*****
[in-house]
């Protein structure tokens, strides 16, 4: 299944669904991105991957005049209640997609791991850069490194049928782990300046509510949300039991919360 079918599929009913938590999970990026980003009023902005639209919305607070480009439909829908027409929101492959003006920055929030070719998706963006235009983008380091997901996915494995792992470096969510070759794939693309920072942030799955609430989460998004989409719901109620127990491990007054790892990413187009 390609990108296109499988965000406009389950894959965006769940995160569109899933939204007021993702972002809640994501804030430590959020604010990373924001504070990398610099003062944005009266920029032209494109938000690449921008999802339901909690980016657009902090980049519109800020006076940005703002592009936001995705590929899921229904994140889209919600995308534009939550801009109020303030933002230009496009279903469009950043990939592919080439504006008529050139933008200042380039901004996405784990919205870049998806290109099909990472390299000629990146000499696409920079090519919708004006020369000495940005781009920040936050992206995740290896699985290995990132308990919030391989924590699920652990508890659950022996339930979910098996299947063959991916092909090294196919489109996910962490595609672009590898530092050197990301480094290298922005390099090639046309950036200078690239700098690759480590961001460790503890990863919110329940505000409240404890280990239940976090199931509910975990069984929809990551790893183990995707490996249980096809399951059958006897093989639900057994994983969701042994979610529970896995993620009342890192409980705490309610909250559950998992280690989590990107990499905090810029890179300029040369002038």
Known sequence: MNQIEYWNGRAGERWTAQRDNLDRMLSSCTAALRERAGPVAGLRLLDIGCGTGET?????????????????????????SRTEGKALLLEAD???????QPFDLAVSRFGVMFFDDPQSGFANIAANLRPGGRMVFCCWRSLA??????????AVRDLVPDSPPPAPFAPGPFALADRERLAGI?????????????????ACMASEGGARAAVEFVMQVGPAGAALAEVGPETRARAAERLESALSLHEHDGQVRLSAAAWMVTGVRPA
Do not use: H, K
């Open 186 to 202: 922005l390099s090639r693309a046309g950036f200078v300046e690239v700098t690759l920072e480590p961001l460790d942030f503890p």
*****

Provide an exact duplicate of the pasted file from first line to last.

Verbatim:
[in-house]
């Protein structure tokens, strides 16, 4: 299944669904991105991957005049209640997609791991850069490194049928782990300046509510949300039991919360 079918599929009913938590999970990026980003009023902005639209919305607070480009439909829908027409929101492959003006920055929030070719998706963006235009983008380091997901996915494995792992470096969510070759794939693309920072942030799955609430989460998004989409719901109620127990491990007054790892990413187009 390609990108296109499988965000406009389950894959965006769940995160569109899933939204007021993702972002809640994501804030430590959020604010990373924001504070990398610099003062944005009266920029032209494109938000690449921008999802339901909690980016657009902090980049519109800020006076940005703002592009936001995705590929899921229904994140889209919600995308534009939550801009109020303030933002230009496009279903469009950043990939592919080439504006008529050139933008200042380039901004996405784990919205870049998806290109099909990472390299000629990146000499696409920079090519919708004006020369000495940005781009920040936050992206995740290896699985290995990132308990919030391989924590699920652990508890659950022996339930979910098996299947063959991916092909090294196919489109996910962490595609672009590898530092050197990301480094290298922005390099090639046309950036200078690239700098690759480590961001460790503890990863919110329940505000409240404890280990239940976090199931509910975990069984929809990551790893183990995707490996249980096809399951059958006897093989639900057994994983969701042994979610529970896995993620009342890192409980705490309610909250559950998992280690989590990107990499905090810029890179300029040369002038």
Known sequence: MNQIEYWNGRAGERWTAQRDNLDRMLSSCTAALRERAGPVAGLRLLDIGCGTGET?????????????????????????SRTEGKALLLEAD???????QPFDLAVSRFGVMFFDDPQSGFANIAANLRPGGRMVFCCWRSLA??????????AVRDLVPDSPPPAPFAPGPFALADRERLAGI?????????????????ACMASEGGARAAVEFVMQVGPAGAALAEVGPETRARAAERLESALSLHEHDGQVRLSAAAWMVTGVRPA
Do not use: H, K
């Open 186 to 202: 922005l390099s090639r693309a046309g950036f200078v300046e690239v700098t690759l920072e480590p961001l460790d942030f503890p």